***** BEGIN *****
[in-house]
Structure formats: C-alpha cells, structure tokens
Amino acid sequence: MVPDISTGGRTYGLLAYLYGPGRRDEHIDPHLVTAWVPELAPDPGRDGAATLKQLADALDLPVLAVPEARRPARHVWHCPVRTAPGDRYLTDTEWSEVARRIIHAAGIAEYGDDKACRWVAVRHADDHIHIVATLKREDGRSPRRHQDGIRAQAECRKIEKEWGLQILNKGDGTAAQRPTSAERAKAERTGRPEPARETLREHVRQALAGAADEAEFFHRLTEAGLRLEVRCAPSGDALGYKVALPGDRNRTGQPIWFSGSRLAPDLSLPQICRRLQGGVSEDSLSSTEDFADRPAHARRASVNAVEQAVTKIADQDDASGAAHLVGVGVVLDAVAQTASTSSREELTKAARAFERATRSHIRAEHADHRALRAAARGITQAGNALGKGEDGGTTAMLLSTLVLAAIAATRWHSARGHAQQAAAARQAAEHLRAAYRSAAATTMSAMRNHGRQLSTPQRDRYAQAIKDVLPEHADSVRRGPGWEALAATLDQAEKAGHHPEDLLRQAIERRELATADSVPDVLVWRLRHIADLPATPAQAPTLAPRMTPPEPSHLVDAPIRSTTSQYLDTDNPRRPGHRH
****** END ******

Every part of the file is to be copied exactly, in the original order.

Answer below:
[in-house]
Structure formats: C-alpha cells, structure tokens
Amino acid sequence: MVPDISTGGRTYGLLAYLYGPGRRDEHIDPHLVTAWVPELAPDPGRDGAATLKQLADALDLPVLAVPEARRPARHVWHCPVRTAPGDRYLTDTEWSEVARRIIHAAGIAEYGDDKACRWVAVRHADDHIHIVATLKREDGRSPRRHQDGIRAQAECRKIEKEWGLQILNKGDGTAAQRPTSAERAKAERTGRPEPARETLREHVRQALAGAADEAEFFHRLTEAGLRLEVRCAPSGDALGYKVALPGDRNRTGQPIWFSGSRLAPDLSLPQICRRLQGGVSEDSLSSTEDFADRPAHARRASVNAVEQAVTKIADQDDASGAAHLVGVGVVLDAVAQTASTSSREELTKAARAFERATRSHIRAEHADHRALRAAARGITQAGNALGKGEDGGTTAMLLSTLVLAAIAATRWHSARGHAQQAAAARQAAEHLRAAYRSAAATTMSAMRNHGRQLSTPQRDRYAQAIKDVLPEHADSVRRGPGWEALAATLDQAEKAGHHPEDLLRQAIERRELATADSVPDVLVWRLRHIADLPATPAQAPTLAPRMTPPEPSHLVDAPIRSTTSQYLDTDNPRRPGHRH